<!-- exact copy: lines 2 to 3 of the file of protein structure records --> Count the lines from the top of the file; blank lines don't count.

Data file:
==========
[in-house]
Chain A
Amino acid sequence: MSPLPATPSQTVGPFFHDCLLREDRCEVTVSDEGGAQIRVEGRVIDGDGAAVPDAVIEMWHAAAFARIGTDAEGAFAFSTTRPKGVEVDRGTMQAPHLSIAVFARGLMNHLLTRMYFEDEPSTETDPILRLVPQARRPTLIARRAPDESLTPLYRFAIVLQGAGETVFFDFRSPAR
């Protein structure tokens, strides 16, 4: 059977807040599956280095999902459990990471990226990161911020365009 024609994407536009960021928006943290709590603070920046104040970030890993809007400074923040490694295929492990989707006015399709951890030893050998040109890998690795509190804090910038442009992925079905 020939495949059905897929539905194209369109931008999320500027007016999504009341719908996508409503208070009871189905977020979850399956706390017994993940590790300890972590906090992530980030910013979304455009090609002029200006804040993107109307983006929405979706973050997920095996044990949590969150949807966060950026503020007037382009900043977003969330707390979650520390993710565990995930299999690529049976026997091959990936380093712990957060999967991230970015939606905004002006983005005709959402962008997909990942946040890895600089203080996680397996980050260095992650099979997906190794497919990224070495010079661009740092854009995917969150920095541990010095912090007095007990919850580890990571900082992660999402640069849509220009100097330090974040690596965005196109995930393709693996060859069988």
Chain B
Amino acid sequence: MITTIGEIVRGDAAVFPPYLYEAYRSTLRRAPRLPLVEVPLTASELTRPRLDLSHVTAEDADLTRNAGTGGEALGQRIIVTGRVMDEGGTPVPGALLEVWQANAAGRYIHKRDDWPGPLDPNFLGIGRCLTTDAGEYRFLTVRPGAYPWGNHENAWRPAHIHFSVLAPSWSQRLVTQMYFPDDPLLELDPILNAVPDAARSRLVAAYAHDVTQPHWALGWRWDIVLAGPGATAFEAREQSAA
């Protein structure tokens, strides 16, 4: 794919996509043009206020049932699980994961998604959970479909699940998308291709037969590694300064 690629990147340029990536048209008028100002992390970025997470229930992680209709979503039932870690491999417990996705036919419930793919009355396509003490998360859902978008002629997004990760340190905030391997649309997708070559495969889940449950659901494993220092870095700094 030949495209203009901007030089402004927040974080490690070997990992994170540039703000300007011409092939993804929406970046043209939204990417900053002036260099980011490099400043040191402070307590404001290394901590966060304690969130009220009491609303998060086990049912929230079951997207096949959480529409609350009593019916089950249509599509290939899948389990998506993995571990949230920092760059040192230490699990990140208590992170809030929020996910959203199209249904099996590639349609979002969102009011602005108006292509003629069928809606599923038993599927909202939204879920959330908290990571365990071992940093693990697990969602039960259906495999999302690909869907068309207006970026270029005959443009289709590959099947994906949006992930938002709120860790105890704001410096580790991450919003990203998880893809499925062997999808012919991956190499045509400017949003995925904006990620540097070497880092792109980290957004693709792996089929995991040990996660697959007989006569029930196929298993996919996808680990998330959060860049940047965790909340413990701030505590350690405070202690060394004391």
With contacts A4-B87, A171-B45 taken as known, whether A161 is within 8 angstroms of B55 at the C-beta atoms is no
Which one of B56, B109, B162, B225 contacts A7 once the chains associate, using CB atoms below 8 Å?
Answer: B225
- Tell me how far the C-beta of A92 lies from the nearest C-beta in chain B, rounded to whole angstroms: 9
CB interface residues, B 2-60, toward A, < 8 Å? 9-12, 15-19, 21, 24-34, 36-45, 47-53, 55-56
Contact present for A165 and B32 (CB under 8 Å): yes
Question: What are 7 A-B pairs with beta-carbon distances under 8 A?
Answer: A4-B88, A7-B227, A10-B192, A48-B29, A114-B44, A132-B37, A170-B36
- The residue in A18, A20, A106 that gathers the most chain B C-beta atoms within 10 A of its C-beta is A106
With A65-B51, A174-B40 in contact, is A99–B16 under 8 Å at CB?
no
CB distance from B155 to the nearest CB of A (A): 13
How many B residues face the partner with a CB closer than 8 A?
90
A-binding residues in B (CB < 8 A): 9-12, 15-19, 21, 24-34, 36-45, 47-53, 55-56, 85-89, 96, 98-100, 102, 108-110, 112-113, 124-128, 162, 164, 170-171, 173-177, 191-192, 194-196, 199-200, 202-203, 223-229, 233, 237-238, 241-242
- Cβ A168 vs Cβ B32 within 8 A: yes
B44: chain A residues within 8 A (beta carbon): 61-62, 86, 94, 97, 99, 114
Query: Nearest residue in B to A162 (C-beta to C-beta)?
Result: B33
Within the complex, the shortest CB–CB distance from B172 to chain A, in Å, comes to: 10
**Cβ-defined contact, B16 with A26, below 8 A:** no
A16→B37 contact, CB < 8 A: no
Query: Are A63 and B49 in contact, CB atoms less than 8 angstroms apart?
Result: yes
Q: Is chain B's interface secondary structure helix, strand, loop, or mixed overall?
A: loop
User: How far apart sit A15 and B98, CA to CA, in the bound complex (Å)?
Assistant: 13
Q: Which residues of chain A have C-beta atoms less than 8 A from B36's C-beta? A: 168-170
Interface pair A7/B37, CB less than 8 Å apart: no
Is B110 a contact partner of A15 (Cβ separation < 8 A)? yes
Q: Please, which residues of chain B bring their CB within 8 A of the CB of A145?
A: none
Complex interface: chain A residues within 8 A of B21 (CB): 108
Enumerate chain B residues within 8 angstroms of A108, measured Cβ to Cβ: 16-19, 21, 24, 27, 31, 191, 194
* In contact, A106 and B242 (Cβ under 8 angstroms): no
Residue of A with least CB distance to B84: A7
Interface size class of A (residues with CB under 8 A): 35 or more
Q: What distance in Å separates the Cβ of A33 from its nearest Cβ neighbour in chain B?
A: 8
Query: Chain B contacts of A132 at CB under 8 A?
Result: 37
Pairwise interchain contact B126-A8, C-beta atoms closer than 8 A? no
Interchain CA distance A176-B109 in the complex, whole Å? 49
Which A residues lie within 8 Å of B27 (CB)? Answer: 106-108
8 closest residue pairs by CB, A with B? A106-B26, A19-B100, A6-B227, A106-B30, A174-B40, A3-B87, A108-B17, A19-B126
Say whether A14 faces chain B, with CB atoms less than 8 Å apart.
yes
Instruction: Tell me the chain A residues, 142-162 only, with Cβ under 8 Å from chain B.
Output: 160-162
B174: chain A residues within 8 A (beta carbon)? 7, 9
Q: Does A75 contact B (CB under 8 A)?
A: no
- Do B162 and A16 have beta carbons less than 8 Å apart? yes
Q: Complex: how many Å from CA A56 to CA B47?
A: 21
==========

Chain A
Amino acid sequence: MSPLPATPSQTVGPFFHDCLLREDRCEVTVSDEGGAQIRVEGRVIDGDGAAVPDAVIEMWHAAAFARIGTDAEGAFAFSTTRPKGVEVDRGTMQAPHLSIAVFARGLMNHLLTRMYFEDEPSTETDPILRLVPQARRPTLIARRAPDESLTPLYRFAIVLQGAGETVFFDFRSPAR